After years of low growth, world trade volumes are recovering and expected to increase throughout the third quarter of 2017, according to latest data from the World Trade Organisation. Air freight and container port volumes, good measures of overall demand, have seen year-on-year growth of around 10% and 7%, respectively. Trade in electronic components and agricultural raw materials is expanding after a period of below-trend growth, indicating strengthening activity in downstream industries that use these inputs to create more complex final products.
The increase in the WTO forecast is encouraging, but policy uncertainty and structural changes in the world economy hamper trade prospects. Countries facing problems from the trade slowdown need to adapt by changing their policy focus towards creating supportive domestic environments for developing competitive service industries and attracting foreign direct investment. This includes strengthening intellectual property protection and reforming education and skills training. The international framework for services trade, too, requires unprecedented modernisation to facilitate cross-border flows.
Last year was the first time in 15 years – and only the second time since 1982 – that trade grew below world GDP, at 1.3% against global output of 2.3%. That trade-to-GDP ratio of 0.6:1 is a marked reduction from the more than 2:1 averaged between the 1990s and mid-2000s.
Since the 2008 financial crisis world trade has grown at the same pace as world output. Low trade growth impacts overall demand, economic development, export prices, foreign reserves, government budgets and employment, among other issues.
The 1:1 ratio is partly the result of cyclical factors. These include the slow post-crisis recovery and a large fall in investment spending, which is the most trade-intensive component of import demand.
Another significant cause is structural change resulting from China. It has rapidly increased its productive capacity in everything from steel to semiconductors. Rather than simply assemble components made elsewhere, as in the past, China is drawing more of the value chain into its domestic economy and shifting production further into its interior provinces.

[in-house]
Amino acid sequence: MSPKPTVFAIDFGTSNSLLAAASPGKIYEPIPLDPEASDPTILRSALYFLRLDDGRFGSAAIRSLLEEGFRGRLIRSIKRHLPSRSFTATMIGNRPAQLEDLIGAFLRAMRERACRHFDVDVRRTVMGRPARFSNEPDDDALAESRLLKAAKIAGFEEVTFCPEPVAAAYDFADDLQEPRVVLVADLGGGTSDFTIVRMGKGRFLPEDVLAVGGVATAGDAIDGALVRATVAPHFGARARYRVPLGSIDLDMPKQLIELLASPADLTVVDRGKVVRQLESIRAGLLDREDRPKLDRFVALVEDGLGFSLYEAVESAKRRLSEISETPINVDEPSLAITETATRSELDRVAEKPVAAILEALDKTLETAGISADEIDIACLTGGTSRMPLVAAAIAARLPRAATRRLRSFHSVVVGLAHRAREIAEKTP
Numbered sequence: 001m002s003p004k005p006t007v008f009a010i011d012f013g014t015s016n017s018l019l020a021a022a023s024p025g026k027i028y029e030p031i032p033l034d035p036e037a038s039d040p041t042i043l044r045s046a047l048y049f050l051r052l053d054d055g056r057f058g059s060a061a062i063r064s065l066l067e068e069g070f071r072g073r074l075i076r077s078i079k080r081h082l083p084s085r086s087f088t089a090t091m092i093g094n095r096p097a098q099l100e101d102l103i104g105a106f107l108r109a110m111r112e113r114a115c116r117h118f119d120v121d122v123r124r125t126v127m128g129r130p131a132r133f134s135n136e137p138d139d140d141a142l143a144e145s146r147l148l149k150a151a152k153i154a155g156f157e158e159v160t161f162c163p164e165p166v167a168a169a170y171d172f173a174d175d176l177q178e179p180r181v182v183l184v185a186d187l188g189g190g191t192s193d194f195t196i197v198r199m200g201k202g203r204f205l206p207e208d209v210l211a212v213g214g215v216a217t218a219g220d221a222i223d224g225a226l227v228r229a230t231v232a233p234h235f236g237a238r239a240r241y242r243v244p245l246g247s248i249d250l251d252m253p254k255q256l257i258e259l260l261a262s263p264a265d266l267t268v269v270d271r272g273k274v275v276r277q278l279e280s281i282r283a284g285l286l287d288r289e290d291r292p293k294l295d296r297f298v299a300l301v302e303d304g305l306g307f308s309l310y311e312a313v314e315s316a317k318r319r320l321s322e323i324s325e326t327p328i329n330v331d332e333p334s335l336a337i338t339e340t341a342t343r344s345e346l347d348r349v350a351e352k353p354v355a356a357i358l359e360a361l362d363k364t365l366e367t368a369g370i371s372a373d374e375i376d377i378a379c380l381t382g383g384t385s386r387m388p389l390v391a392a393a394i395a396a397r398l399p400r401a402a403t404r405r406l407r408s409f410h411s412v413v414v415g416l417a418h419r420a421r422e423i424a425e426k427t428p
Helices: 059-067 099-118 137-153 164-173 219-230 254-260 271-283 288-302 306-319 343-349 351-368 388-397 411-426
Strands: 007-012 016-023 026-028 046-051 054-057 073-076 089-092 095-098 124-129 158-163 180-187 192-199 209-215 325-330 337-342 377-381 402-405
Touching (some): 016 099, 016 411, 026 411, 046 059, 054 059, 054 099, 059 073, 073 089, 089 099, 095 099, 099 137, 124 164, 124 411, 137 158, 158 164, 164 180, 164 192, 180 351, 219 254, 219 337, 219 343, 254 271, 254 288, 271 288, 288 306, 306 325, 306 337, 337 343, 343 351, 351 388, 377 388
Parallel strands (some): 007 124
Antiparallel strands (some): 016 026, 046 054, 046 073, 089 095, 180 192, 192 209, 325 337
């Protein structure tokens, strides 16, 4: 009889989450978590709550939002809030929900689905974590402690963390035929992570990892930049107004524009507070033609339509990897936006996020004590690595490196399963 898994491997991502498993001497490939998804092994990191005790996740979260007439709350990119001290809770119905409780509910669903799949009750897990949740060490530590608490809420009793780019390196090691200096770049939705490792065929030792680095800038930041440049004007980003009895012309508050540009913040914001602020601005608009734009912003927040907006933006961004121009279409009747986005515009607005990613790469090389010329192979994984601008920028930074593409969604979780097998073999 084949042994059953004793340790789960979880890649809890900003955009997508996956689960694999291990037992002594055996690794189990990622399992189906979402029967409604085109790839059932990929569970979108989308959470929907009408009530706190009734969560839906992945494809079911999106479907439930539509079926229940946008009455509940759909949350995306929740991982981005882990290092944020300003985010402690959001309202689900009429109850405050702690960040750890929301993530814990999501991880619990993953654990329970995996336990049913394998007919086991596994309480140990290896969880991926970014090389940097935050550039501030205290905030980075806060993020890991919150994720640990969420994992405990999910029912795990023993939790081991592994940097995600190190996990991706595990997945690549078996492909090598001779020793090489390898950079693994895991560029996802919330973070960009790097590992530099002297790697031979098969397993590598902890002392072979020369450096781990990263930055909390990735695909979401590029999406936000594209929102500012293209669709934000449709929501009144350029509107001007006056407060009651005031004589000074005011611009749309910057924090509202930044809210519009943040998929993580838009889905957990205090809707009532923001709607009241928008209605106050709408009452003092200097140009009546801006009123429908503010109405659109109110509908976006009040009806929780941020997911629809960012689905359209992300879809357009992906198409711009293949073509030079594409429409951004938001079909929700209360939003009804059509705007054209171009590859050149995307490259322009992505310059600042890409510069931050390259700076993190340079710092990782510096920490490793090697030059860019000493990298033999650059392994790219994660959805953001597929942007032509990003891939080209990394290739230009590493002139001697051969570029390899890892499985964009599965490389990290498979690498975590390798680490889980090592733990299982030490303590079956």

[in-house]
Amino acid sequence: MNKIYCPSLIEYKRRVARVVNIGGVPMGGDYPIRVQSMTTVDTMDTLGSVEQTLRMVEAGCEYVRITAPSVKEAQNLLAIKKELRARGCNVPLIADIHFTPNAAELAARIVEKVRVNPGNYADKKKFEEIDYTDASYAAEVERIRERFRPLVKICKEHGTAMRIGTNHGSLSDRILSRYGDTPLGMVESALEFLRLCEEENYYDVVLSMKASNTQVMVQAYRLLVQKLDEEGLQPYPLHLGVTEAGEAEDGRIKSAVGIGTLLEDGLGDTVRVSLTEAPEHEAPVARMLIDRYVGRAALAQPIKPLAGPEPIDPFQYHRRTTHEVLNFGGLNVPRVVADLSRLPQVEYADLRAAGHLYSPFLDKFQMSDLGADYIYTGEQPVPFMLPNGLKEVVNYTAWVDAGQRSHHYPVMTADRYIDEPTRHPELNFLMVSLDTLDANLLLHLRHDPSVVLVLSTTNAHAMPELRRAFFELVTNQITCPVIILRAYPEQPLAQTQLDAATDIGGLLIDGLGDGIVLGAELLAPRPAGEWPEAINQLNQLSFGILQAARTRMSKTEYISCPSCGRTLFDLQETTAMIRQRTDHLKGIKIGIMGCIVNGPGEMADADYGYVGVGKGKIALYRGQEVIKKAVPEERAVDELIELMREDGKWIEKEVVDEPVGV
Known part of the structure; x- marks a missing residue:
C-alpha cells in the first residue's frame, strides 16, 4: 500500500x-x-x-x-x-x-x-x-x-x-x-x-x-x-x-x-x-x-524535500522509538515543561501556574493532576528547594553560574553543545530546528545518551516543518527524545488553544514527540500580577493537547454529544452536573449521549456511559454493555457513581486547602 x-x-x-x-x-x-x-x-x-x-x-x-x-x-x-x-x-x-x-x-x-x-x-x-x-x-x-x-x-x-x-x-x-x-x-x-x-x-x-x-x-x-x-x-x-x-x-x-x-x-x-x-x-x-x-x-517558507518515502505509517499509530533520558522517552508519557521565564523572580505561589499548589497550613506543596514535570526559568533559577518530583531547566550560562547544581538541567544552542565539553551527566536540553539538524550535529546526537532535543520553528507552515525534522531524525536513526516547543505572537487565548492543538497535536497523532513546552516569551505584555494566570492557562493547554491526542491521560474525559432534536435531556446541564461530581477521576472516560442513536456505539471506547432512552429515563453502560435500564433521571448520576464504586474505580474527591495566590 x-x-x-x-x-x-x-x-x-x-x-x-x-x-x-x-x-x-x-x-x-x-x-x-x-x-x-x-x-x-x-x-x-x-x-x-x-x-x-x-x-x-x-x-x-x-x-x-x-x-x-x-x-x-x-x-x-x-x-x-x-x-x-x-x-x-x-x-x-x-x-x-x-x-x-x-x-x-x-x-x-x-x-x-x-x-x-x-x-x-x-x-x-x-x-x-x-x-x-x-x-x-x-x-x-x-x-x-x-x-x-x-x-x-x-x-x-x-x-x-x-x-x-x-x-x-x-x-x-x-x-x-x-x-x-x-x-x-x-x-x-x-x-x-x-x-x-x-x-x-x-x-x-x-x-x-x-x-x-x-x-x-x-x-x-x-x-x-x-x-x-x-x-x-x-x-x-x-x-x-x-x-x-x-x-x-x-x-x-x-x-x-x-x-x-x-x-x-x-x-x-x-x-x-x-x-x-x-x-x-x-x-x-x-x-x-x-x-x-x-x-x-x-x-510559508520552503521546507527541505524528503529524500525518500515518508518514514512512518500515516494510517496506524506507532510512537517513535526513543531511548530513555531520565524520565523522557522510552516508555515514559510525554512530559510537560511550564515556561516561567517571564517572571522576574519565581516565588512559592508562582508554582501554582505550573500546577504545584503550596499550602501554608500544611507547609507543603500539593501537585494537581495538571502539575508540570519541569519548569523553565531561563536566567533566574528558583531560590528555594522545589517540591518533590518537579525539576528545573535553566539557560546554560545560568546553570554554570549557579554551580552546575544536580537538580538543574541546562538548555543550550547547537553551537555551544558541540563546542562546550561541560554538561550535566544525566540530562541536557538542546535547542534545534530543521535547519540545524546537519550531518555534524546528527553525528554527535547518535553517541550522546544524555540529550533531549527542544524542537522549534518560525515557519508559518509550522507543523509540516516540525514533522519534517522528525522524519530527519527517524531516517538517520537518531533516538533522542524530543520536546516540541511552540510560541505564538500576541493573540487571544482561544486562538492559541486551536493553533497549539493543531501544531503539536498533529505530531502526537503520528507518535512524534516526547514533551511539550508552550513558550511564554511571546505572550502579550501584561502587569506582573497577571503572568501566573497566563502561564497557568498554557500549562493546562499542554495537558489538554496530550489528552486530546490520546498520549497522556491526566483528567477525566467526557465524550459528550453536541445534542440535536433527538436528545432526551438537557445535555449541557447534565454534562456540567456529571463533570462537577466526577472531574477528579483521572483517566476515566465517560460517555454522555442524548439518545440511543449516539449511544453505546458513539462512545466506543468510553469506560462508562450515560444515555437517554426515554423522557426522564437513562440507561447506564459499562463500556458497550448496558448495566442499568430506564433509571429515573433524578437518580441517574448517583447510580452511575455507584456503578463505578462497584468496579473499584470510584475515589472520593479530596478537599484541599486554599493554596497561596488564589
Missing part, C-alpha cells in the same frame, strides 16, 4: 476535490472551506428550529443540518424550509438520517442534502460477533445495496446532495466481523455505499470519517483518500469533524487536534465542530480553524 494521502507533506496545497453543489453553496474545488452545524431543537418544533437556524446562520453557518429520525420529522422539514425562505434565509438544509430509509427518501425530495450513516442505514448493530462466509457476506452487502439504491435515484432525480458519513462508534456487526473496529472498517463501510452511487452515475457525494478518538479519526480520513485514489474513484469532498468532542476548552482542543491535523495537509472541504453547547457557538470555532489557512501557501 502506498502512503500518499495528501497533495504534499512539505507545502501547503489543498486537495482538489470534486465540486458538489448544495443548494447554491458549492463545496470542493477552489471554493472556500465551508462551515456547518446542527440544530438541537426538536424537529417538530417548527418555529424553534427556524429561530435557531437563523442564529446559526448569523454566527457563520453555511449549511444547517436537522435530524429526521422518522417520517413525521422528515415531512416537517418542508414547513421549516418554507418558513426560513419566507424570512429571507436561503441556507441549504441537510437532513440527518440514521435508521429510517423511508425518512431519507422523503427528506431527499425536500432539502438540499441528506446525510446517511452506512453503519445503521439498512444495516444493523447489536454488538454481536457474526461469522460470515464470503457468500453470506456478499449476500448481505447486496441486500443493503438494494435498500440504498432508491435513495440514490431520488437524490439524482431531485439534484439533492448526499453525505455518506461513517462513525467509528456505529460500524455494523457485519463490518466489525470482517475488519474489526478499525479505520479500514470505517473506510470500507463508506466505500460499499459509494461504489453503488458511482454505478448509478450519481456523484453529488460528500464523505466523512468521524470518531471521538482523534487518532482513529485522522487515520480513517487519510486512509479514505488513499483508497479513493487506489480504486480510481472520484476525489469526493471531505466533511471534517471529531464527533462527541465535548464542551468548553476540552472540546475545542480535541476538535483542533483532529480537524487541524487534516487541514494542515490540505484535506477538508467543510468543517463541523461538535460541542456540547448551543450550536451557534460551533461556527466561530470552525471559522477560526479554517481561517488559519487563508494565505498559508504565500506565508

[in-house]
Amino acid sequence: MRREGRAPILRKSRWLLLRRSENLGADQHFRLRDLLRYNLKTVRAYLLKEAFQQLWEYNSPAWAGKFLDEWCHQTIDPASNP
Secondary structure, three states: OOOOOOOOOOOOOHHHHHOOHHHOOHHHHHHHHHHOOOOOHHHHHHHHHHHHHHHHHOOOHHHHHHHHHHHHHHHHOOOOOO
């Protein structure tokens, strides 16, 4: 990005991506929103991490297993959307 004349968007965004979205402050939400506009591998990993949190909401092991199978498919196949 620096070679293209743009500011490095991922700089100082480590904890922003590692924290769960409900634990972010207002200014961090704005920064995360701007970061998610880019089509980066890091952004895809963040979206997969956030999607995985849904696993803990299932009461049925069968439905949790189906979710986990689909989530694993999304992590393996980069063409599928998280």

As a result, China is exporting goods with a higher portion of domestic value-added, which is impacting the amount of intermediate goods it imports from elsewhere and then re-exports as part of the production process. The expansion of trade in such intermediates as supply chains developed during the 1990s was a key cause of the earlier trade-GDP expansion.
Politicians are struggling to devise effective measures to deal with these challenges. The current focus on trade protection and economic nationalism in many leading economies fails to address the most important causes for these shifts.
Since the 1970s services have grown to over 70% of global GDP from 53%, and are still rising. In developed economies services contribute up to 85% of GDP. The manufacturing sector, meanwhile, has fallen as a share of global GDP to 16% from around 27%, and is still declining.
Despite these shifts, the amount of services in global trade has remained stable over the last few decades, at between 20%-25%. Manufacturing and goods trade still accounts for around 70% of total trade, despite contributing a declining share of global GDP. The result is a growing disconnect between GDP growth and trade expansion.
Unlike goods trade, services have yet to see a successful large liberalisation agreement at the multilateral level, in part because of the deep behind-the-border issues that services depend on. Moreover, some services are inherently non-tradable or require face-to-face interactions. Others are ‘embedded’ in manufactured exports and are not captured by traditional trade statistics.
Crucially, many services are delivered directly into other countries by establishing a presence through foreign direct investment, which acts as a substitute for trade in these cases. Over 60% of the global stock of FDI is in services, according to statistics from the United Nations, with the value of foreign affiliate trade in services outweighing the value of cross-border service trade by more than 3:1.
All these factors suggest the global trade-to-GDP ratio is unlikely to reach previous highs, even if global growth starts to accelerate. Leading economies need to refocus on polices to facilitate higher trade growth. If they do not, the world faces decades of lost opportunities.
Ben Robinson is Economist at OMFIF.